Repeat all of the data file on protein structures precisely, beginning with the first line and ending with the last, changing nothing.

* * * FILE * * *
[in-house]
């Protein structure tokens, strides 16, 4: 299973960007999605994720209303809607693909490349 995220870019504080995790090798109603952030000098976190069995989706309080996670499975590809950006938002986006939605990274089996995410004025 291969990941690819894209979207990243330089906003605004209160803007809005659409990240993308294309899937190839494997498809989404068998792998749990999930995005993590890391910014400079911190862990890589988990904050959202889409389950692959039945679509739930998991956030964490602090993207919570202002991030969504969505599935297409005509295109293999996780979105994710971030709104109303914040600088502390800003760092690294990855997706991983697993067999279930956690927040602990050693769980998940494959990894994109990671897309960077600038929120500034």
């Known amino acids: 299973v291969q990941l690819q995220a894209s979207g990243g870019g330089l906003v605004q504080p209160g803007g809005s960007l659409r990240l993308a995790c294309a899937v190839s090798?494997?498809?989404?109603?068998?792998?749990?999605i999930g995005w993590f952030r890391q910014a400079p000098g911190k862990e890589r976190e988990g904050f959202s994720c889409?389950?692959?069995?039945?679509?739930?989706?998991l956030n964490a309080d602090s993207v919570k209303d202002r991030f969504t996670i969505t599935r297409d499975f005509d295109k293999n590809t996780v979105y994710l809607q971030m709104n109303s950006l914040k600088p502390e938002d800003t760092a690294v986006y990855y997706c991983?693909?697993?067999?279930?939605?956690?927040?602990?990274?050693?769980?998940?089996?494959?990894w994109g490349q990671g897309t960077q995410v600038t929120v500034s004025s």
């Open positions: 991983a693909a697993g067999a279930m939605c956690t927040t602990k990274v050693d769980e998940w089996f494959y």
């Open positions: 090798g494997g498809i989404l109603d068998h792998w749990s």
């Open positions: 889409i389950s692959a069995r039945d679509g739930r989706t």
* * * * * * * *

[in-house]
């Protein structure tokens, strides 16, 4: 299973960007999605994720209303809607693909490349 995220870019504080995790090798109603952030000098976190069995989706309080996670499975590809950006938002986006939605990274089996995410004025 291969990941690819894209979207990243330089906003605004209160803007809005659409990240993308294309899937190839494997498809989404068998792998749990999930995005993590890391910014400079911190862990890589988990904050959202889409389950692959039945679509739930998991956030964490602090993207919570202002991030969504969505599935297409005509295109293999996780979105994710971030709104109303914040600088502390800003760092690294990855997706991983697993067999279930956690927040602990050693769980998940494959990894994109990671897309960077600038929120500034």
């Known amino acids: 299973v291969q990941l690819q995220a894209s979207g990243g870019g330089l906003v605004q504080p209160g803007g809005s960007l659409r990240l993308a995790c294309a899937v190839s090798?494997?498809?989404?109603?068998?792998?749990?999605i999930g995005w993590f952030r890391q910014a400079p000098g911190k862990e890589r976190e988990g904050f959202s994720c889409?389950?692959?069995?039945?679509?739930?989706?998991l956030n964490a309080d602090s993207v919570k209303d202002r991030f969504t996670i969505t599935r297409d499975f005509d295109k293999n590809t996780v979105y994710l809607q971030m709104n109303s950006l914040k600088p502390e938002d800003t760092a690294v986006y990855y997706c991983?693909?697993?067999?279930?939605?956690?927040?602990?990274?050693?769980?998940?089996?494959?990894w994109g490349q990671g897309t960077q995410v600038t929120v500034s004025s």
């Open positions: 991983a693909a697993g067999a279930m939605c956690t927040t602990k990274v050693d769980e998940w089996f494959y």
């Open positions: 090798g494997g498809i989404l109603d068998h792998w749990s």
């Open positions: 889409i389950s692959a069995r039945d679509g739930r989706t």